“Italy had its renaissance, Germany its reformation, France had Voltaire”, the historian Will Durant once commented.
Born François-Marie Arouet, Voltaire (1694-1778) was known in his lifetime as the “patriarch” of the French enlightenment. A man of extraordinary energy and abilities, he produced some 100 volumes of poetry, fiction, theatre, biblical and literary criticism, history and philosophy.
Among his myriad works, Voltaire’s Candide, or Optimism (1759) is widely recognised as the masterpiece. A darkly satirical novella taking aim at human folly, pride and excessive faith in reason’s ability to plumb the deepest metaphysical truths, it remains as telling in this era of pandemics and wild conspiracy theories as when first published.
In his earlier works Voltaire had propounded an almost naive optimism, but the decade from 1749-1759 was not easy for the philosopher-author.
In 1755, meanwhile, on November 1, a huge earthquake had struck the Portugese capital, Lisbon, followed by a tsunami. Within minutes, tens of thousands were dead.Personally, his great love, Émilie du Châtelet had died in 1749. Politically, he had been forced from exile to exile for his criticism of monastic and clerical privileges in France and his Essay on Universal History, the Manners, and Spirit of Nations (1756), which treated Christianity as just one world religion, rather than the final revealed truth.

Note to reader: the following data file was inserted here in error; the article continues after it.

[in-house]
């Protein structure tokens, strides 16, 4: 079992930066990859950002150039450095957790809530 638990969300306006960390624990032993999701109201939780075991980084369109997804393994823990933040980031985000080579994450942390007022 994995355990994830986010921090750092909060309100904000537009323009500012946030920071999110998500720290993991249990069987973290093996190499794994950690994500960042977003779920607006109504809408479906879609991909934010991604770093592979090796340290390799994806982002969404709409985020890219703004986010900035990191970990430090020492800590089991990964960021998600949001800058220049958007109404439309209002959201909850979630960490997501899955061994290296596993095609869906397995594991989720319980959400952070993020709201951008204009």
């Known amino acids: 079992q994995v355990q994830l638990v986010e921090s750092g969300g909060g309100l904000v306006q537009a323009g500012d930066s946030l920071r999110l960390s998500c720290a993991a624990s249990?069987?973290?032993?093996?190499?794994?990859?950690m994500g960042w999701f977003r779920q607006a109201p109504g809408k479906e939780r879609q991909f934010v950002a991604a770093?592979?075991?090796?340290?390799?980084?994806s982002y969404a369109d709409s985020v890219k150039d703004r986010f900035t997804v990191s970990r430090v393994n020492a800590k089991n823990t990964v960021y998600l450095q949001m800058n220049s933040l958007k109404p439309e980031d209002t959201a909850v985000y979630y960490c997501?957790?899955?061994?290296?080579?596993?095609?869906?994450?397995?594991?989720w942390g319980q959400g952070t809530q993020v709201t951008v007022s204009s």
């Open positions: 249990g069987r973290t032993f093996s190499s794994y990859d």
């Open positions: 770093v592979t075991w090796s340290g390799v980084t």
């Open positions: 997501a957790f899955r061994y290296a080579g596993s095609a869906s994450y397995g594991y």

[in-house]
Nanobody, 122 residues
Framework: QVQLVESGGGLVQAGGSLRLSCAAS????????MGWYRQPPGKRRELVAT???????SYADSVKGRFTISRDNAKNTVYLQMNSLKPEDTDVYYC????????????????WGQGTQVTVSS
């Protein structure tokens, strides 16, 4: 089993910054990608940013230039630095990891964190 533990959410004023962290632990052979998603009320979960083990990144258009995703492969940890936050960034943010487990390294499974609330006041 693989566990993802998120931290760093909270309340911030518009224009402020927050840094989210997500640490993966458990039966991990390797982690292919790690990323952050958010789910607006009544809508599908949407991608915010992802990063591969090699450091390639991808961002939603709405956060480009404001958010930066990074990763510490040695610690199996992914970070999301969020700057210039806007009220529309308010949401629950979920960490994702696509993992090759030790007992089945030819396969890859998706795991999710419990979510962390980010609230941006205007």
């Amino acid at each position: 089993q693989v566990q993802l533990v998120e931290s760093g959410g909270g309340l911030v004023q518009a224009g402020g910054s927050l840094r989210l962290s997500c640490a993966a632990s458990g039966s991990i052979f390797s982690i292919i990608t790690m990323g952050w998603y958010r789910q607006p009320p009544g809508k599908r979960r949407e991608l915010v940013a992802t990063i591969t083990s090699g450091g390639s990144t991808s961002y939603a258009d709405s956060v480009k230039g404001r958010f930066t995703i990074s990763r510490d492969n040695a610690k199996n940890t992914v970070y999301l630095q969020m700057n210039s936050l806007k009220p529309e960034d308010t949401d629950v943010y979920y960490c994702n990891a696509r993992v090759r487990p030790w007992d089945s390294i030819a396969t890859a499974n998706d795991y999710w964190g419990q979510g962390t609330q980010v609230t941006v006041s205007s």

The recriminations soon began. Protestants saw in Lisbon’s destruction divine judgement on Catholicism. Catholics proposed, with equal implausibility, the especial sinfulness of the Lisbonites as the disaster’s cause. Pyres were erected in the streets to burn heretics, as scapegoats for the disaster.
This combination of senseless death and even more senseless human responses outraged Voltaire. His first response was the impassioned “Poem on the Lisbon Disaster” of 1755:
Then, several years later, came Candide.
A simple lad
As his name suggests, Voltaire’s hero, Candide, is a simple lad. Raised in a magnificent castle in Westphalia, in North-Western Germany, he is moved by just two passions. The first is abiding love for his sweetheart, Cunégonde.
The second is admiration for his teacher, Pangloss (“all tongue”), an exalted Professor of “métaphysico-théologo-cosmolonigologie” possessed of the happy ability to explain everything that happens, despite appearances, as “for the best”.
These two men had defended what the former called “theodicy”: the idea that a perfect God could only have created the best possible world. Hence, the human perception that events like pandemics, earthquakes, massacres and tsunamis are bad must be mistaken.
Candide’s fate is set up by Voltaire as a reductio ad absurdum (reduction to absurdity) of this optimistic theory. Our hero is first expelled from his Edenic childhood garden, when Cunégonde’s father comes upon she and Candide illicitly experimenting in what Voltaire delicately calls “natural philosophy”.
In Candide’s ensuing wanderings around Europe and the Americas, Voltaire treats his hero to a veritable guided tour of all of the evils of war, lust, avarice, vanity and colonialism.
Fleeing war, rapine and zealotry in Bulgaria and Holland, Candide arrives in Lisbon just in time for the earthquake. He is selected for execution by fire as a heretic, before escaping to save Cunégonde from disputing, lustful representatives of the West’s two great biblical faiths, Judaism and Christianity.